A Single Man highlights the importance of truly enjoying and experiencing the little moments in life. Throughout the film, the main character, George, begins to come alive again, despite the fact that he has to go through life without his love, Jim. Moments like kissing a stranger’s dog on the head, or smoking with Carlos, a young man from Spain, awaken George, heightening his emotions and presence in the world. Time slows down in these encounters; George is truly in the moment, experiencing all that those few seconds can offer. While these experiences can be nostalgic for George, life is in color again. Looking at Carlos’s lips reminds George of Jim’s lips, and kissing the young woman’s dog in the parking lot brings up memories of his own dogs. The film meshes the past with the present, and even though these encounters are painful and sentimental, George is still alive and has to let life take it’s course. These scenes show George connecting with others, whether it be with students, strangers, dogs, old friends, etc.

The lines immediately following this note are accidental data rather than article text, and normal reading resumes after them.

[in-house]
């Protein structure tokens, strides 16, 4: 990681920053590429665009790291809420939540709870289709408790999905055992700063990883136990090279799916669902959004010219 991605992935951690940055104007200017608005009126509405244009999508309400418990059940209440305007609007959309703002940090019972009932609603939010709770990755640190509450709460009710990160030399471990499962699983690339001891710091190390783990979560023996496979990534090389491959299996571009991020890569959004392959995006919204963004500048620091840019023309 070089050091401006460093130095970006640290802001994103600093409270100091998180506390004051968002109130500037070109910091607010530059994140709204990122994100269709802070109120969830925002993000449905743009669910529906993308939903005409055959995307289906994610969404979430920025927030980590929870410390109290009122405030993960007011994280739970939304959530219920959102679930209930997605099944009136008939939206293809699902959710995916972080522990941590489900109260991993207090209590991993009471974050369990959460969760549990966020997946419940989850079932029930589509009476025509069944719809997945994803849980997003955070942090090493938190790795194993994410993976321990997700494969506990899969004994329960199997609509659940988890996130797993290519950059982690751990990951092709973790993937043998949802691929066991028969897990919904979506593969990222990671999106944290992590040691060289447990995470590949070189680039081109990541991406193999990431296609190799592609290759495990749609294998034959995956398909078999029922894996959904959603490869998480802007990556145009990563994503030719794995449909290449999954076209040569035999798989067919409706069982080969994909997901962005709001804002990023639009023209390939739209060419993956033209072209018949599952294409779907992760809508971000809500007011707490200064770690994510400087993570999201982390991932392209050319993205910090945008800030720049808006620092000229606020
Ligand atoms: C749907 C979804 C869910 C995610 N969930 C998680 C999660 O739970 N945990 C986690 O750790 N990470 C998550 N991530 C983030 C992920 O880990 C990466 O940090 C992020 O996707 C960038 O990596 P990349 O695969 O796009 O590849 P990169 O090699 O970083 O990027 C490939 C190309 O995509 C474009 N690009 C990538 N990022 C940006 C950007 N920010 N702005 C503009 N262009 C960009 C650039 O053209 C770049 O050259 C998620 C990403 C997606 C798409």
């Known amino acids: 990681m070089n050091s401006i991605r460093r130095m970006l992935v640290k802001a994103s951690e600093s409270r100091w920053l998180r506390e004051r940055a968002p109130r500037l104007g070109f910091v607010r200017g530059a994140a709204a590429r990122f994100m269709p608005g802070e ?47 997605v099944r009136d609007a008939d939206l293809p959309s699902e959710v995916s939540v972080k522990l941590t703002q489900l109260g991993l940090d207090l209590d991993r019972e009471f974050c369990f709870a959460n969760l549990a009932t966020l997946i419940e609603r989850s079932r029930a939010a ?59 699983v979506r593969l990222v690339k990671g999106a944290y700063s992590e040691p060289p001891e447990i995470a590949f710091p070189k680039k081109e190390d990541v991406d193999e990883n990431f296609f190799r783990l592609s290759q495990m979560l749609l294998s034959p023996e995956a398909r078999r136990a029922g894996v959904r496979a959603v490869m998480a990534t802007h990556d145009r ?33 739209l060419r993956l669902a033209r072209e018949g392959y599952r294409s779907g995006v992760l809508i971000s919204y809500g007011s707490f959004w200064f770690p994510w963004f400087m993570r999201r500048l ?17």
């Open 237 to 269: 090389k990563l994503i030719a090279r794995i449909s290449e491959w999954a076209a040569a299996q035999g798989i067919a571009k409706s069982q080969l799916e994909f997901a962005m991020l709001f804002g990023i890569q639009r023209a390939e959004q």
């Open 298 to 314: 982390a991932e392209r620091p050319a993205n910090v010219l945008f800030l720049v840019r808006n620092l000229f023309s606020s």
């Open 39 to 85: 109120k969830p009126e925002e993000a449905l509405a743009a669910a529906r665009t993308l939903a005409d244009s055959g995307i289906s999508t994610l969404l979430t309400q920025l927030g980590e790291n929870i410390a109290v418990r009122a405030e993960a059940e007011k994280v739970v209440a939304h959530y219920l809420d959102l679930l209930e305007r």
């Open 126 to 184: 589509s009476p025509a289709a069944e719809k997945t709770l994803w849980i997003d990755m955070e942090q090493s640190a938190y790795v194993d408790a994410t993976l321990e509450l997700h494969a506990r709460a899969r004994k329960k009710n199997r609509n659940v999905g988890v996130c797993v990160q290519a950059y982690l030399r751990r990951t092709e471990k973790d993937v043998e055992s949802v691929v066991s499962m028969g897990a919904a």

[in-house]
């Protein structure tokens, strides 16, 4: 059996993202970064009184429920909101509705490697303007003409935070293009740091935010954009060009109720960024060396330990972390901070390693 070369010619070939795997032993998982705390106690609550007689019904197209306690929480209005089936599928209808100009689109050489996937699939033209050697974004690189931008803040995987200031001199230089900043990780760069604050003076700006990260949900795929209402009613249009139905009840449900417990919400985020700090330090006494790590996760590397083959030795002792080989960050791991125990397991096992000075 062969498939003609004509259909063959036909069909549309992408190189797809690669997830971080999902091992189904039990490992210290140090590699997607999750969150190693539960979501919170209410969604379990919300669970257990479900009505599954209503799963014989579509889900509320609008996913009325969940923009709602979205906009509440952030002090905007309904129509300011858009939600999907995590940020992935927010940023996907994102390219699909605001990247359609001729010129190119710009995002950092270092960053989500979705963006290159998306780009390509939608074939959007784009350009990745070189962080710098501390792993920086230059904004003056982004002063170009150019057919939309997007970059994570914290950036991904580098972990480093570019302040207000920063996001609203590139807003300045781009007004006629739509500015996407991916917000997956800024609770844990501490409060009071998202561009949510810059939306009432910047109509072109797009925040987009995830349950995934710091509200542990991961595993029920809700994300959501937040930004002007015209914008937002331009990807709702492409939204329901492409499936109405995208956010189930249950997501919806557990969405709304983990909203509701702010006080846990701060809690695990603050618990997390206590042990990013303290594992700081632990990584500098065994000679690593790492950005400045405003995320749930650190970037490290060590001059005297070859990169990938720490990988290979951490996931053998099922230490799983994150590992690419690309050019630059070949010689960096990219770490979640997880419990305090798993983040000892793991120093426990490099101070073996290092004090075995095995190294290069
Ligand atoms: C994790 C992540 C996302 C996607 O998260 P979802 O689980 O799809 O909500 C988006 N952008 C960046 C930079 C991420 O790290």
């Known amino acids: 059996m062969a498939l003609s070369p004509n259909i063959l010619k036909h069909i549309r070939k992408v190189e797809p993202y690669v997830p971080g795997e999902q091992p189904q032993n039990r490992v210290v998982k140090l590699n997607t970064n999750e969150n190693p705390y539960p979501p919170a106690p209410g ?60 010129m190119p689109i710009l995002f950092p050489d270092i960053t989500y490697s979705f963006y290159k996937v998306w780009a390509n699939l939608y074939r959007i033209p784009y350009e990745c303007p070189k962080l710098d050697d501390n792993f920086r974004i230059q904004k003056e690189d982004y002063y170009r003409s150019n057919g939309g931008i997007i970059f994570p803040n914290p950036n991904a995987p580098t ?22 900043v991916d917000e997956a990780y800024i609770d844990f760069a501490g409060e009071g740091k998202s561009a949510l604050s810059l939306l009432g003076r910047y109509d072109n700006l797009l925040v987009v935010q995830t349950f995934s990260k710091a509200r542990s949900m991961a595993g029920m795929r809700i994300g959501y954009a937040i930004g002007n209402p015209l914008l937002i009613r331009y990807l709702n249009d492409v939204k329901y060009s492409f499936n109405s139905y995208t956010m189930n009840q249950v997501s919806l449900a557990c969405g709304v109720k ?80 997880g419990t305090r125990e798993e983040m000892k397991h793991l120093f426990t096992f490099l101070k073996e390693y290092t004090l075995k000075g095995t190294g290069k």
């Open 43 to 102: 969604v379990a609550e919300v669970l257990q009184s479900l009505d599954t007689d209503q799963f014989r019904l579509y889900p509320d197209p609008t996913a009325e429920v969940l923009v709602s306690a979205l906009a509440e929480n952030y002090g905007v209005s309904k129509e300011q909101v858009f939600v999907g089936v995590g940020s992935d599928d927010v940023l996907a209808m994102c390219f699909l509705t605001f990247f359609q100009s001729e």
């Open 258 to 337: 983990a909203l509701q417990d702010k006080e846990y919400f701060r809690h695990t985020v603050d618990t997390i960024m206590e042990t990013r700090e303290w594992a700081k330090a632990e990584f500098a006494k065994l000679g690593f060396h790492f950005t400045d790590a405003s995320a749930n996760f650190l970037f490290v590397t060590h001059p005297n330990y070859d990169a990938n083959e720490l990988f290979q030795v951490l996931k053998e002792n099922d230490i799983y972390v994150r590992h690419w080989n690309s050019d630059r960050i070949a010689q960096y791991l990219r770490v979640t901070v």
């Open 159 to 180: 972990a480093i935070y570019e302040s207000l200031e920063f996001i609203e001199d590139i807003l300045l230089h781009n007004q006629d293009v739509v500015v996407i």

The film is full of little gems of truth that everyone can relate to. When Carlos and George are enjoying a cigarette together, looking out at the Los Angeles smog, Carlos says, “Sometimes awful things have their own kind of beauty.” This mindset takes the heaviness and darkness out of life, allowing the positive aspects of a negative situation to shine through. It is difficult for George to have a concept about death that isn’t depressing and hopeless, but there is a beauty, a lesson, and an acceptance that he experiences from Jim’s death. When he runs into the freezing water with a young handsome man, Kenny, or dances freely with Charley, he isn’t putting on a face, behavior, or manner that society expects from him. He is just George, a man who is trying to get through life and all the troubles and pain that are attached to it. He ends the film with the words, “I realize that everything is exactly the way it was meant to be.” He has finally accepted that what is meant to be will be. He will die when he is supposed to; it’s not in his hands. He comes to terms with what has happened in his life and is grateful for the small gifts in life, like truly connecting with others, and appreciating the simple things. Those are the times in life when George feels like he is completely immersed in life, not merely a shadow getting by day to day. Life isn’t full of continuous understanding and happiness, it comes and goes, but when those moments of completeness are present, they are gifts that have to be held onto.